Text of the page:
Are you a church tech who oversees multiple campuses, or do you look after the AV production of multiple venues inside one campus? Ever wonder how to make your job easier and more streamlined? If you answered “yes,” Paul Mitchell, production technology director at Chase Oaks Church, has a plan.
“Standardization is big for me,” Mitchell says. “It helps us create consistency from campus to campus since we are one church with many campuses. This keeps the sound and visuals consistent, and volunteers can move between campuses and have a similar environment to work in. Standardization also helps our attendees experience Chase Oaks in a similar fashion at any of our campuses.”
Those campuses, in the Dallas suburbs, include Sloan Creek, Woodbridge, Richardson (a mobile campus), and Legacy, which is the broadcast campus and also the location of Chase Oaks’ Spanish services.
Standardization across them all? So what does that look like? Where do you start? Oddly enough, at Chase Oaks, it started with the pastor.
Microphone Shoot-out and Selection
While many pastors have little to no knowledge of production equipment, or at least not enough to have any specific brand preferences, Mitchell found himself in a different situation. Chase Oaks Senior Pastor Jeff Jones had his own mic he had purchased years before, and he had grown to prefer it prior to hiring Mitchell.
The pastor’s CO-8WD headset condenser mic, built by Point Source Audio, sounded good, Mitchell found. But with standardization of equipment across venues and campuses as the end goal, could the manufacturer’s mics stand up to the job?
To find out, Mitchell brought in a range of microphones from several of the larger manufacturers and did a shoot-out that included Pastor Jeff’s Point Source Audio mic. In addition to sound quality, Mitchell and his team considered comfort, product durability, cost and availability of replacement parts, etc. “Considering the bang for the buck we just couldn’t justify the higher price tag of the larger competitors’ products,” he notes.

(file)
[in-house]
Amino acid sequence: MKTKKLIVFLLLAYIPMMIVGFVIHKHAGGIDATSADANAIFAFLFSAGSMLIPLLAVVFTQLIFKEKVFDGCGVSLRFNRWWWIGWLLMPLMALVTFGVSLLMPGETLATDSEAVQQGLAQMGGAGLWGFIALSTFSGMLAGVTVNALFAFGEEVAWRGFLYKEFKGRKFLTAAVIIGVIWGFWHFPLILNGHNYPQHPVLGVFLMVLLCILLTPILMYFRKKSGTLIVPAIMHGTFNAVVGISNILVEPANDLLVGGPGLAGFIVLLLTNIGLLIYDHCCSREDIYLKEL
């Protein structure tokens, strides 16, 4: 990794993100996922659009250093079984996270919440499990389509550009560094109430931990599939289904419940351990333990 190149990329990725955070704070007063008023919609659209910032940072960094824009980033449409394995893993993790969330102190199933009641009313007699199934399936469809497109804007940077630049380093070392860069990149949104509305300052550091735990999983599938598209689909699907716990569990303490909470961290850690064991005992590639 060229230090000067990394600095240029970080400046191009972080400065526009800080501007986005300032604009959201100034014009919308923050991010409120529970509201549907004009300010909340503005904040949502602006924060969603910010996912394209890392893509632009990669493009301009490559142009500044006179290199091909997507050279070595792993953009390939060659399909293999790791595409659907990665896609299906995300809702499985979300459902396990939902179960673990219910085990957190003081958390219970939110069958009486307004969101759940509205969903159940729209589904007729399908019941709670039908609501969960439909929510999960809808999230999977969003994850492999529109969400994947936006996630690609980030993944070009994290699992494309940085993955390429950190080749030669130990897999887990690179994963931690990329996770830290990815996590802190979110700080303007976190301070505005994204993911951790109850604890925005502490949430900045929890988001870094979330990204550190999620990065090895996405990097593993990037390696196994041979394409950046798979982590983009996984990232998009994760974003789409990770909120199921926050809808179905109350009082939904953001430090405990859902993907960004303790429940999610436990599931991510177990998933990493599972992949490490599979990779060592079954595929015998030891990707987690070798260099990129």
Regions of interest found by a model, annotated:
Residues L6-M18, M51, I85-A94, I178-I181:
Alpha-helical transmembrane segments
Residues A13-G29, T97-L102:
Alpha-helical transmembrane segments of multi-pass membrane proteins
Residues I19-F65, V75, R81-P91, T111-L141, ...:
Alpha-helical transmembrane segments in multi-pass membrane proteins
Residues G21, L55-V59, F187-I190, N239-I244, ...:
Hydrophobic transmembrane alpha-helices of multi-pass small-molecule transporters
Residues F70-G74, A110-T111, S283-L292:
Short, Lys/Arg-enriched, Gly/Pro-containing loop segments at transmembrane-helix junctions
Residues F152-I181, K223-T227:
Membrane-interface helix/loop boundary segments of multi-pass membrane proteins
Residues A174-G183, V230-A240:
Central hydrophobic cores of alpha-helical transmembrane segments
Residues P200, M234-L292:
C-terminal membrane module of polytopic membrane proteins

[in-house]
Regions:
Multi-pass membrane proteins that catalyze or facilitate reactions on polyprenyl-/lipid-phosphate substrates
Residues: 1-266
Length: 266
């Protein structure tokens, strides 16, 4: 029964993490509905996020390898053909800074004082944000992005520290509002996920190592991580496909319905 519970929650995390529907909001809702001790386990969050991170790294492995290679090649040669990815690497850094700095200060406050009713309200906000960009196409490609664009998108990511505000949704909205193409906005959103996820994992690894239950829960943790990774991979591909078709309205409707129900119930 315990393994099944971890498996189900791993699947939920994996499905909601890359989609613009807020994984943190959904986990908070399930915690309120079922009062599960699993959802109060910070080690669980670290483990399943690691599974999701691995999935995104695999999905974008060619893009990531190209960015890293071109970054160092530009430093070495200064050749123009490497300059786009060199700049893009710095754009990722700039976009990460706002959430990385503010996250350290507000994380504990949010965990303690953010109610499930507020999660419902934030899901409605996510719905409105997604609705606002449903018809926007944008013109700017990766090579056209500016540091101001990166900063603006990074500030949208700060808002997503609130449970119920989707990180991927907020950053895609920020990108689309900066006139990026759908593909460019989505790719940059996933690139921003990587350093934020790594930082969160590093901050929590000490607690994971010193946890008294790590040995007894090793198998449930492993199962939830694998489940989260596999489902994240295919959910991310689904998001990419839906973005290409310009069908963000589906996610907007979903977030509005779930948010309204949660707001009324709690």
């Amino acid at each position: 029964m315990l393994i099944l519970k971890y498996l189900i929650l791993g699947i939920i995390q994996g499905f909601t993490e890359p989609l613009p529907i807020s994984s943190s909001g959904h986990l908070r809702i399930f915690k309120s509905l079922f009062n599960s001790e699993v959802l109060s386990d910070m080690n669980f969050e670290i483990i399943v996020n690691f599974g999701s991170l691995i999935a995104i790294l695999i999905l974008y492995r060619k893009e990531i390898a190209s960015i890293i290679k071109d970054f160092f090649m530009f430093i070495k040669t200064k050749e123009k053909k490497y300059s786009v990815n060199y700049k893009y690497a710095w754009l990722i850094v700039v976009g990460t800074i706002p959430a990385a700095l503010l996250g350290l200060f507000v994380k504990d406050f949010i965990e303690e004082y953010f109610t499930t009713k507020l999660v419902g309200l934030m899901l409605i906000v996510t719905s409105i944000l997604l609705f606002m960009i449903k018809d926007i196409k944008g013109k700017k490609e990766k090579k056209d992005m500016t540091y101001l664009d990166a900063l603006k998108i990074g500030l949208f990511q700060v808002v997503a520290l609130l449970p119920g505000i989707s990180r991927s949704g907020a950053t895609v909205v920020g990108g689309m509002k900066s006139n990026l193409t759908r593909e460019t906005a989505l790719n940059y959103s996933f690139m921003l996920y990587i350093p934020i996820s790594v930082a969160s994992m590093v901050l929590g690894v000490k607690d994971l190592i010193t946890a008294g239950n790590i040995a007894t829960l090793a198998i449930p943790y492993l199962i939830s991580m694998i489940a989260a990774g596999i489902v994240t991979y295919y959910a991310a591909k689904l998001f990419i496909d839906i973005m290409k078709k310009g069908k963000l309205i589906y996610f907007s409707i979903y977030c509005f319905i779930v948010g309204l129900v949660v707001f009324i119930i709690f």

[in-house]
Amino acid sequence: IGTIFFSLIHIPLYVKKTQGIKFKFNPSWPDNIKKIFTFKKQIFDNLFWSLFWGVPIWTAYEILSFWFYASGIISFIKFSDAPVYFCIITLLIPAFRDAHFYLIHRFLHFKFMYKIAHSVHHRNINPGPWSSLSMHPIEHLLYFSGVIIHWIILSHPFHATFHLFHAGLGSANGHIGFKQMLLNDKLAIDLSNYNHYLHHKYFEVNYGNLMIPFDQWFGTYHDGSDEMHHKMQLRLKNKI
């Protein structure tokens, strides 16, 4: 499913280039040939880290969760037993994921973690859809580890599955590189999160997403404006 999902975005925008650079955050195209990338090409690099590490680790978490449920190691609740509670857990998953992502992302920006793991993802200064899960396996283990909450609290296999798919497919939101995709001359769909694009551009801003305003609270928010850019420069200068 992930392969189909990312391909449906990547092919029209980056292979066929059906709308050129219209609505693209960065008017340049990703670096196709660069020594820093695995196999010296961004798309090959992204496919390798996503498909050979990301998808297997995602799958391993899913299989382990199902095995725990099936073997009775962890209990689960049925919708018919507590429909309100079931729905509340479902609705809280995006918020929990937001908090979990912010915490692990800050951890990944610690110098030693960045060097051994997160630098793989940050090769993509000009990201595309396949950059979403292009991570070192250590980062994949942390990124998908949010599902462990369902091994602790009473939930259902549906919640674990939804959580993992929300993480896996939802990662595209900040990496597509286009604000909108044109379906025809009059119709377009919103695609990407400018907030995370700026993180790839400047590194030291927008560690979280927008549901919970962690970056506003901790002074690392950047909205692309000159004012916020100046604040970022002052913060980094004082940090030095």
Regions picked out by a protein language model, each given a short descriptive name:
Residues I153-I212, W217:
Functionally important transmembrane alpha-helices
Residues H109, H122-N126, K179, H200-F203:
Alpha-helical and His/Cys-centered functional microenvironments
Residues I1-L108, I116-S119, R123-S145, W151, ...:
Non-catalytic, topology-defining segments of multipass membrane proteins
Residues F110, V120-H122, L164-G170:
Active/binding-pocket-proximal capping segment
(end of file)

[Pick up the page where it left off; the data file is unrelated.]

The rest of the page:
Today, several years later, Chase Oaks Church owns 40-50 Point Source Audio headset mics spread across all five locations, as well as chapels and youth venues. In the youth venues alone, 24 CO-8WS single-ear mics are in action.
Test of Mic Strength
Point Source Audio says their booms are unbreakable, and Mitchell says that’s true. He has seen people take the single-ear version and straighten it out and then bend it back, and it still works. “You can’t break the headsets,” Mitchell notes. “The only thing we’ve ever had to service were the X connectors. All I do is make a phone call a Point Source rep, and they get them out to us ASAP. And they’re cheap, so I buy several at a time.”
Mitchell also has people use them during baptisms, sometimes well within the splash zone, and the IP 57 waterproof rating has proved invaluable.
At Chase Oaks, Pastor Jones recently upgraded to Point Source’s new CO2-8WD which offers dual microphones, with the second mic available as a redundant back-up if the signal from the first one fails or the second signal can be routed elsewhere. At Chase Oaks, the signal from one mic is fed clean to the main house PA since it can handle the wide dynamic range. The second microphone feed is lightly compressed and sent to the lobby, overflow and internet, where Chase Oaks averages a reach of 2,000 IP addresses each weekend.
In the end, Mitchell says, there’s a simple reason why the Chase Oaks team uses Point Source Audio mics: “They’re very reliable, you can’t break them, and they get the job done.”
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You can’t break the headsets,” Mitchell notes